Now Playing: Wildest Moments by Jessie Ware (and from the outside everyone must be wondering why we try)
I just posted a status on facebook that went something along the lines of 'I want to be the Paper Bag Princess who fights her own dragons and gets her Prince Charming'. The story behind that is that the Paper Bag Princess is a book I read when I was little that was published in the 80s, in which the princess goes and fights the dragon instead of the prince, but her beautiful princess gown gets destroyed in the process and when she meets her prince dressed only in a paper bag he rejects her. I read a paper which discussed the Paper Bag Princess' role as an antithesis to Disney Princess mania, but also noted that the Paper Bag Princess - a strong, brave, intelligent girl - ends up...alone.
I'm not saying there's anything wrong with being single, voluntary or not, but I'm getting quite sick of this stereotype that feminists never want any relationships or family of any kind, that career women must give up any chance of being a wife and mother, that women who label themselves as 'feminists' don't deserve the label of 'girlfriend'. The meaning behind my facebook message was that I consider myself the kind of person, the kind of woman, who fights her own dragons and chases her own dreams, and I don't want to be excluded from my other dreams, like my dreams of getting married and starting a family, just because I'm more Paper Bag Princess than Cinderella. All I want is everything, and to be honest, I deserve nothing less. No one does.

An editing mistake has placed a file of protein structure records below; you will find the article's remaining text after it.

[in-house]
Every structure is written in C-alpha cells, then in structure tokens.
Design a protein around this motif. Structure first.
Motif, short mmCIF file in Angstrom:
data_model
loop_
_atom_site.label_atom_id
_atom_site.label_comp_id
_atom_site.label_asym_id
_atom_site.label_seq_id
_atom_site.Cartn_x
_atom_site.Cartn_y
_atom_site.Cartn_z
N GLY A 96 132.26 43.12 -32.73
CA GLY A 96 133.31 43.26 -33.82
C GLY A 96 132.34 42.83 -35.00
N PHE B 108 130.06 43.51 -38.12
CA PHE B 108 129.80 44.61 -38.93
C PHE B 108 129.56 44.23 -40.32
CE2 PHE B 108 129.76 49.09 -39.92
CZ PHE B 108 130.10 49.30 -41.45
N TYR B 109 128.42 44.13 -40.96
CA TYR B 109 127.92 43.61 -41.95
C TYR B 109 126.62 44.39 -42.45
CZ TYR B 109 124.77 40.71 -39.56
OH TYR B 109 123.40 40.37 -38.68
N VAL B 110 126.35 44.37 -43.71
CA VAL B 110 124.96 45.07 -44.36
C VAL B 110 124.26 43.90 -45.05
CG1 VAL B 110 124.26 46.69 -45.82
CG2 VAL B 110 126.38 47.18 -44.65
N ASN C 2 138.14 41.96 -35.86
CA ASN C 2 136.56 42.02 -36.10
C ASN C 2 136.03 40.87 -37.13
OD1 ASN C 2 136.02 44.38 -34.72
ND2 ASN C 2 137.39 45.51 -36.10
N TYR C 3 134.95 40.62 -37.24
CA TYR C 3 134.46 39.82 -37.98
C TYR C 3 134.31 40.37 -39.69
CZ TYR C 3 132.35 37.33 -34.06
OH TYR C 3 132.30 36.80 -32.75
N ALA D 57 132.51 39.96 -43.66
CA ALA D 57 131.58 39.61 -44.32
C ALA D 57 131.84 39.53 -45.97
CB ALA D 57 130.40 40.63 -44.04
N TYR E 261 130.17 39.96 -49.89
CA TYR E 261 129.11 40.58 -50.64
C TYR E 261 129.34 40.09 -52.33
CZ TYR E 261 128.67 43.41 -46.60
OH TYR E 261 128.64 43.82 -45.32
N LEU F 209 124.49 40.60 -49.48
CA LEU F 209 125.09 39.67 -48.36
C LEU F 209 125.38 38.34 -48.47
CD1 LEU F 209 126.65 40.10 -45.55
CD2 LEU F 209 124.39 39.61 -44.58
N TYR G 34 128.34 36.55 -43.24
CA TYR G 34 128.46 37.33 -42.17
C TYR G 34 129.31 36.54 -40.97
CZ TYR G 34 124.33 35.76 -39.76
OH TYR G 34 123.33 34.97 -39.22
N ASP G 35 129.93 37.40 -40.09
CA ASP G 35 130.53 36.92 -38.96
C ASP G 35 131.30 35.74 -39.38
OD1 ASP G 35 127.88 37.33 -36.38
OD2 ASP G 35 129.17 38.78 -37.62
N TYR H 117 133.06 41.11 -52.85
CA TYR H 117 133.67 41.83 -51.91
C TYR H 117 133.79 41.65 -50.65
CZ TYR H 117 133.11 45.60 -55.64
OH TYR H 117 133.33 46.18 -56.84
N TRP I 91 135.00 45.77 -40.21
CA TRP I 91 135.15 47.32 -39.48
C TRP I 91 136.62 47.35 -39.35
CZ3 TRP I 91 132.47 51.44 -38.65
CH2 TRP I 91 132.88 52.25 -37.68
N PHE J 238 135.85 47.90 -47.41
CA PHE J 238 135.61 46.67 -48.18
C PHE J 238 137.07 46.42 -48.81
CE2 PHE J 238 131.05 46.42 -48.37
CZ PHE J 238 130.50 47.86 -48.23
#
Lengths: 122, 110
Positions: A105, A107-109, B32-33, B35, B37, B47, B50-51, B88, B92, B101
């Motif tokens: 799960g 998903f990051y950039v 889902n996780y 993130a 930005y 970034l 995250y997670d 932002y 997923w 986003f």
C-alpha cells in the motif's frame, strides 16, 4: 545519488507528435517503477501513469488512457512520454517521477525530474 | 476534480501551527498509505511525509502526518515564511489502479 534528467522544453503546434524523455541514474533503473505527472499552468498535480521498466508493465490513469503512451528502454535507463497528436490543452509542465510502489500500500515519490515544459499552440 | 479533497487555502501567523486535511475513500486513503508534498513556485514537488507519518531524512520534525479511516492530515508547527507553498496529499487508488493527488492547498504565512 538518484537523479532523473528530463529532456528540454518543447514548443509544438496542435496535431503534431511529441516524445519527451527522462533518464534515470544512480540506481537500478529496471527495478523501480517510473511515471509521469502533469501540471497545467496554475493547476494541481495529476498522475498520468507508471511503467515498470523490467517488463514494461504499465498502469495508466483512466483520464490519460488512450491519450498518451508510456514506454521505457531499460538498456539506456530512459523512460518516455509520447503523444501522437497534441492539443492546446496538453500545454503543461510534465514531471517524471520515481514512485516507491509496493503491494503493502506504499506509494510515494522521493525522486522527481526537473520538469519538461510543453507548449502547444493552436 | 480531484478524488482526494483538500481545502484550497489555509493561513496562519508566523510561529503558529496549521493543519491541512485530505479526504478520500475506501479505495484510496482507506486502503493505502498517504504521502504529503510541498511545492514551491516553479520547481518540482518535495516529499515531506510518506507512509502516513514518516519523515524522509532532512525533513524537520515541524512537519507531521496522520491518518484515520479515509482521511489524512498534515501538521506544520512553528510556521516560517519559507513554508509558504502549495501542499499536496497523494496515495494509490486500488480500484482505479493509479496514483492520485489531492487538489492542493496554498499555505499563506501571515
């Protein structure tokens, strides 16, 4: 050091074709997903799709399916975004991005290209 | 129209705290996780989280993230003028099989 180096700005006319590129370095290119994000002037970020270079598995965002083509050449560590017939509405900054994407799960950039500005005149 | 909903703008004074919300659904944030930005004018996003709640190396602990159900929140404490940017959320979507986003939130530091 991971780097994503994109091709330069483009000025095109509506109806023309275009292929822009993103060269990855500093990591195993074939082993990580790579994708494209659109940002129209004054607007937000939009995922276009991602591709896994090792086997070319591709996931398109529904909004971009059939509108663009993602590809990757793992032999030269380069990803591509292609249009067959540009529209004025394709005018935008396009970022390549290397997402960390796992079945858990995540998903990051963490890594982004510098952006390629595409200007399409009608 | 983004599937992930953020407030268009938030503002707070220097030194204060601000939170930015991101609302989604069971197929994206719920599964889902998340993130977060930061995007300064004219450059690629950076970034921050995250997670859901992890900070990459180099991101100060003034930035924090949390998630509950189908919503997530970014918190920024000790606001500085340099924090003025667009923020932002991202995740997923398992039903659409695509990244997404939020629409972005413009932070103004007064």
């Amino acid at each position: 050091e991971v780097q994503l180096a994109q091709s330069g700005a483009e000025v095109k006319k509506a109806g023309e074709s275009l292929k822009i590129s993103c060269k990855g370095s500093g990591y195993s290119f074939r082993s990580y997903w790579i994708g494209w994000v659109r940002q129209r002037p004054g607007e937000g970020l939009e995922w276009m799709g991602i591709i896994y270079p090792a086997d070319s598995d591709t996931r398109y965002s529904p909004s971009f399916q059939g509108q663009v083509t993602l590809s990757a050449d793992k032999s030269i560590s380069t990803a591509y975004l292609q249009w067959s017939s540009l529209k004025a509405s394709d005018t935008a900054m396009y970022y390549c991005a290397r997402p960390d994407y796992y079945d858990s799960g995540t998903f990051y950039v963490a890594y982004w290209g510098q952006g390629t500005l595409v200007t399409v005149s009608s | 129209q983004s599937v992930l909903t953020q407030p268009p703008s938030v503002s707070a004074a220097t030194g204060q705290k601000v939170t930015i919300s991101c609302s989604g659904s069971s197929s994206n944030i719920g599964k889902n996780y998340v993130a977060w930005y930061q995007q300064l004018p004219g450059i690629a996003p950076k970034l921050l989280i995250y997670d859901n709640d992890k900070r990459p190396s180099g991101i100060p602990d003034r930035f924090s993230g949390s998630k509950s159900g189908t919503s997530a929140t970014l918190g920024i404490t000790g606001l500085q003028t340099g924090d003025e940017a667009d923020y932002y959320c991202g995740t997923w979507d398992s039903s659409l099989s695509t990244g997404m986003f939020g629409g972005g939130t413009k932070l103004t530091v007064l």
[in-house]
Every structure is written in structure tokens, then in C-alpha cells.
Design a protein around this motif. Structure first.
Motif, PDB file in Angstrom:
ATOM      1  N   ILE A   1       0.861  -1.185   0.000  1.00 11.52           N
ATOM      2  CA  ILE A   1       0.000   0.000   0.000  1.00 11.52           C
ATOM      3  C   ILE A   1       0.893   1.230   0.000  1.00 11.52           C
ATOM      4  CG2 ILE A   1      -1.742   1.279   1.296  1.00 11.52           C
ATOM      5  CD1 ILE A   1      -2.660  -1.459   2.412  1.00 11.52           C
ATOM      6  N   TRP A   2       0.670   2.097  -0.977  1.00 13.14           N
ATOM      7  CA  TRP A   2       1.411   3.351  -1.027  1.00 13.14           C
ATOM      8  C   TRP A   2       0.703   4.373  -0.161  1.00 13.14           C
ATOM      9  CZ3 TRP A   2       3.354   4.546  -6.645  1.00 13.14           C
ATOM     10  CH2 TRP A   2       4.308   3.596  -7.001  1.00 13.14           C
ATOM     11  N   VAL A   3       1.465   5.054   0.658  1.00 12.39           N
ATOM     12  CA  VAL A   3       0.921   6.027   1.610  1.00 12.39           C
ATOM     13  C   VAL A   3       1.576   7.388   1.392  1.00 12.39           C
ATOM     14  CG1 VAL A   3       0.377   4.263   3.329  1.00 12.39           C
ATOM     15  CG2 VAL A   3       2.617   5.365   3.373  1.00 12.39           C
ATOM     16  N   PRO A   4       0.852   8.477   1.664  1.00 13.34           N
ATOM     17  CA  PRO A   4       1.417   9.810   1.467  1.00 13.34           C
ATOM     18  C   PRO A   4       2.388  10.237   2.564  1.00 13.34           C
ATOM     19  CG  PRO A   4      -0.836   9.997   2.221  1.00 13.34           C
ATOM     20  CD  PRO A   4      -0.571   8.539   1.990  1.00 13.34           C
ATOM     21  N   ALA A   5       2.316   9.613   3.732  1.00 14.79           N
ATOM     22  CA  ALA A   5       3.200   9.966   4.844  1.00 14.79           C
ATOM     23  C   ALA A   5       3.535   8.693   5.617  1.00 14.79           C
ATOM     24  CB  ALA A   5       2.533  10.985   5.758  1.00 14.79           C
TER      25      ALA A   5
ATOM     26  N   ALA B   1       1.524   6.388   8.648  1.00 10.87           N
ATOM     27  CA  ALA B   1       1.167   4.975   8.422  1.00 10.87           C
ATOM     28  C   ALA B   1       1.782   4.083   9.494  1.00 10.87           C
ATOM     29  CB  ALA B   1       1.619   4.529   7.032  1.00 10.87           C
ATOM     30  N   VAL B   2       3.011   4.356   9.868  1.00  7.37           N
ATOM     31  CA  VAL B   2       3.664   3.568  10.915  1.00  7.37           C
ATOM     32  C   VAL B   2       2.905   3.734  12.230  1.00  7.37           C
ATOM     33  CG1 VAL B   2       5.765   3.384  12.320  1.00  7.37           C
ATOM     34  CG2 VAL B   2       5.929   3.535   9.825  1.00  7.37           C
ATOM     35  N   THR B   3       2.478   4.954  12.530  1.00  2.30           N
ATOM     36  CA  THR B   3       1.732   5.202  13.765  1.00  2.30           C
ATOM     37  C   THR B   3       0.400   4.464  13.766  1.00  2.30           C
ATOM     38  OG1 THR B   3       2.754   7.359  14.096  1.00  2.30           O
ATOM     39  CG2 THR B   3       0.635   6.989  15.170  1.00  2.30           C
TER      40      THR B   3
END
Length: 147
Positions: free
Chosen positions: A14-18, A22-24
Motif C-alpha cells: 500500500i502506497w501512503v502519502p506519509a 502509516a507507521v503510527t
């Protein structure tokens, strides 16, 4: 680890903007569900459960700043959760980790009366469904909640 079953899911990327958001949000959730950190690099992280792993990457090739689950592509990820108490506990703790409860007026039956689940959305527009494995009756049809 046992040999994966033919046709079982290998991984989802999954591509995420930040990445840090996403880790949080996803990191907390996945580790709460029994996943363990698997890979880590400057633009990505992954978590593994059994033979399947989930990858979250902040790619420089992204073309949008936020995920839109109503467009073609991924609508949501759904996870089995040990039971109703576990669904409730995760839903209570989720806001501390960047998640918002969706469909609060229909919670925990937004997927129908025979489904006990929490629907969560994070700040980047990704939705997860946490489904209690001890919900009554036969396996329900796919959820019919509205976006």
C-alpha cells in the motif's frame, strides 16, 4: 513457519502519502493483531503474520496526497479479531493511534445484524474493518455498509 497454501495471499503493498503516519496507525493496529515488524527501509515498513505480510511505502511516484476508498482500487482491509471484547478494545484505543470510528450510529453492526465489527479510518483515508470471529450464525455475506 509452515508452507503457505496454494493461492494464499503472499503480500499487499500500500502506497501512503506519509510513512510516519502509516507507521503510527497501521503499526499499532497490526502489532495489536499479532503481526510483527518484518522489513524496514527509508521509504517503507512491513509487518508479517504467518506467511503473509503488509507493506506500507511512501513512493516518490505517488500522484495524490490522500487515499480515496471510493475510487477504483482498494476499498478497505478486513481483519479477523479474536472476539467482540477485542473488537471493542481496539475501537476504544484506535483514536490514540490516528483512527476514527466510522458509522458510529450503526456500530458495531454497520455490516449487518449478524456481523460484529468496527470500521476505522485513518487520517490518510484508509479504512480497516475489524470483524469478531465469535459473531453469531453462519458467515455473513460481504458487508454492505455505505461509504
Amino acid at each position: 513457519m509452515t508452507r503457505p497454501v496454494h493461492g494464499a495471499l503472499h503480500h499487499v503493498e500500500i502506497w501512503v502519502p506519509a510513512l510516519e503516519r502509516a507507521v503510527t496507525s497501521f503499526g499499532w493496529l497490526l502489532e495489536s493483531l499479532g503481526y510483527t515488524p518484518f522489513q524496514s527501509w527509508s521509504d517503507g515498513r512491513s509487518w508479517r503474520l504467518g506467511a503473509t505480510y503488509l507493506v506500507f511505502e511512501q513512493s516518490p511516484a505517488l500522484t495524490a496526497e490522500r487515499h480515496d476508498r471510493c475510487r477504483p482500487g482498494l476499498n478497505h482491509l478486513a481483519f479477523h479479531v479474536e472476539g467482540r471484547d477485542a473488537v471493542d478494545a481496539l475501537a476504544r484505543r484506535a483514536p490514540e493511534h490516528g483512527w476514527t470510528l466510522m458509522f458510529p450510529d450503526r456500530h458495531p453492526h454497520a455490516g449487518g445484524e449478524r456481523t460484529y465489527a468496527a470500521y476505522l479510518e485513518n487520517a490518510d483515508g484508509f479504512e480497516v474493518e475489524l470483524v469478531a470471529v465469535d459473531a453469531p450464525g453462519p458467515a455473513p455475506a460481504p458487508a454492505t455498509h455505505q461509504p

We live in this world where women can have one or the other. Joining the fight for equal rights comes at a price - and that price isn't something I'm willing to pay. I want my Prince Charming, I have no qualms about saying that. I'm a feminist who falls in love way too easily, and that's not an oxymoron. I'm a Paper Bag Princess who can fight her own dragons. But I'd have the time of my life fighting dragons with you.